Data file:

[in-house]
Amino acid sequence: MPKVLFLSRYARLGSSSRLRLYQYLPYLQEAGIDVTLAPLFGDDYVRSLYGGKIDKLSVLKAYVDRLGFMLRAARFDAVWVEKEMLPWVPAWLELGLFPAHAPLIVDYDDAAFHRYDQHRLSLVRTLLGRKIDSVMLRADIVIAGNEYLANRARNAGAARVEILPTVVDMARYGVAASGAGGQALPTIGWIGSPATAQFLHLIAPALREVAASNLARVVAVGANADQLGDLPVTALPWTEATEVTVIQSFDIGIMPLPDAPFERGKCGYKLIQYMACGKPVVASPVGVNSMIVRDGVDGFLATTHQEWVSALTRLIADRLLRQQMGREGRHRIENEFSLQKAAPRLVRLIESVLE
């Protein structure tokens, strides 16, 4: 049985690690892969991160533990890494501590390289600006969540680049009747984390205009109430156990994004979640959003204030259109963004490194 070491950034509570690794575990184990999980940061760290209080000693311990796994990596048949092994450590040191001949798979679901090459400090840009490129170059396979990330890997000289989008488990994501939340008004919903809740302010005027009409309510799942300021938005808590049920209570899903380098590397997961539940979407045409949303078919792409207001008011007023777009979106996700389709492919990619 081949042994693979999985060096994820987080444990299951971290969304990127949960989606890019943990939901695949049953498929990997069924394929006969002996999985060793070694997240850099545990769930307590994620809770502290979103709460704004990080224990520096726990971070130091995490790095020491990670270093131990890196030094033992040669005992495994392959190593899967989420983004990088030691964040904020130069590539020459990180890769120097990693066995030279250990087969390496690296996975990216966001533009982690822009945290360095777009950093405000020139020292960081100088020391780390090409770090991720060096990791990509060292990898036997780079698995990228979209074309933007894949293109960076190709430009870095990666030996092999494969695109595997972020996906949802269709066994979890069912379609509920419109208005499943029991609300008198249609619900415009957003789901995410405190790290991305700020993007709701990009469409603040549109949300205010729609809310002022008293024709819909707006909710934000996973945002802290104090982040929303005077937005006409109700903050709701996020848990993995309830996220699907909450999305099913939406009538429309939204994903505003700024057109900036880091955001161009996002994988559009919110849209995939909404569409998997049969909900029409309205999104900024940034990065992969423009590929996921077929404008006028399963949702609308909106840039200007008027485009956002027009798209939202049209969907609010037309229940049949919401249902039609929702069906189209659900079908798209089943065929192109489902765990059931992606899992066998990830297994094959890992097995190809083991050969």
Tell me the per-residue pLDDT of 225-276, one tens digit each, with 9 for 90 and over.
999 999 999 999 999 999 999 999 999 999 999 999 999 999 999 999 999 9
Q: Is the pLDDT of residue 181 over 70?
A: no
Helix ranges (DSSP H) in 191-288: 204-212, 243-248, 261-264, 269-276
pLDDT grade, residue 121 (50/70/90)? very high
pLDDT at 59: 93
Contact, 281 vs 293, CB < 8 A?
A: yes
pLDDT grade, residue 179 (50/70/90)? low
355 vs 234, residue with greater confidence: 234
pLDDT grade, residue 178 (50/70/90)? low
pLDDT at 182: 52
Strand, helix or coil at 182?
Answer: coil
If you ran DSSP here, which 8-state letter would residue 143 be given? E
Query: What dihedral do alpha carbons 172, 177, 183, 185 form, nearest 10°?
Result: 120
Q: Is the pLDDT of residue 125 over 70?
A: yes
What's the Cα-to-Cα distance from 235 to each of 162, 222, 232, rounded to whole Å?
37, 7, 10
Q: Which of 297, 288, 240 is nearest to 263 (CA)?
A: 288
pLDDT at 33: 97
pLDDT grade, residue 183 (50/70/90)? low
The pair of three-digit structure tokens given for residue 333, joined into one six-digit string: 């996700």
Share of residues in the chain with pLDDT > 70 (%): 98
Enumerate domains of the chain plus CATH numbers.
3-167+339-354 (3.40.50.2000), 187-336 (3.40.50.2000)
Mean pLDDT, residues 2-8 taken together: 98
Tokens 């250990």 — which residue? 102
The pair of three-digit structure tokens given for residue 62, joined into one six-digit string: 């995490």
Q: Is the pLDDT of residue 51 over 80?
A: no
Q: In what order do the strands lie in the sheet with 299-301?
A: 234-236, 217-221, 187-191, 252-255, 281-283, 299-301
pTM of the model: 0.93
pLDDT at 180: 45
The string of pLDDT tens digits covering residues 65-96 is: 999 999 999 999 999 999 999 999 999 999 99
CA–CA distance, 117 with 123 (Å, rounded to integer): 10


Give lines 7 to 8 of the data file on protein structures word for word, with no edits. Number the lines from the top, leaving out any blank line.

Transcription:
A: no
Helix ranges (DSSP H) in 191-288: 204-212, 243-248, 261-264, 269-276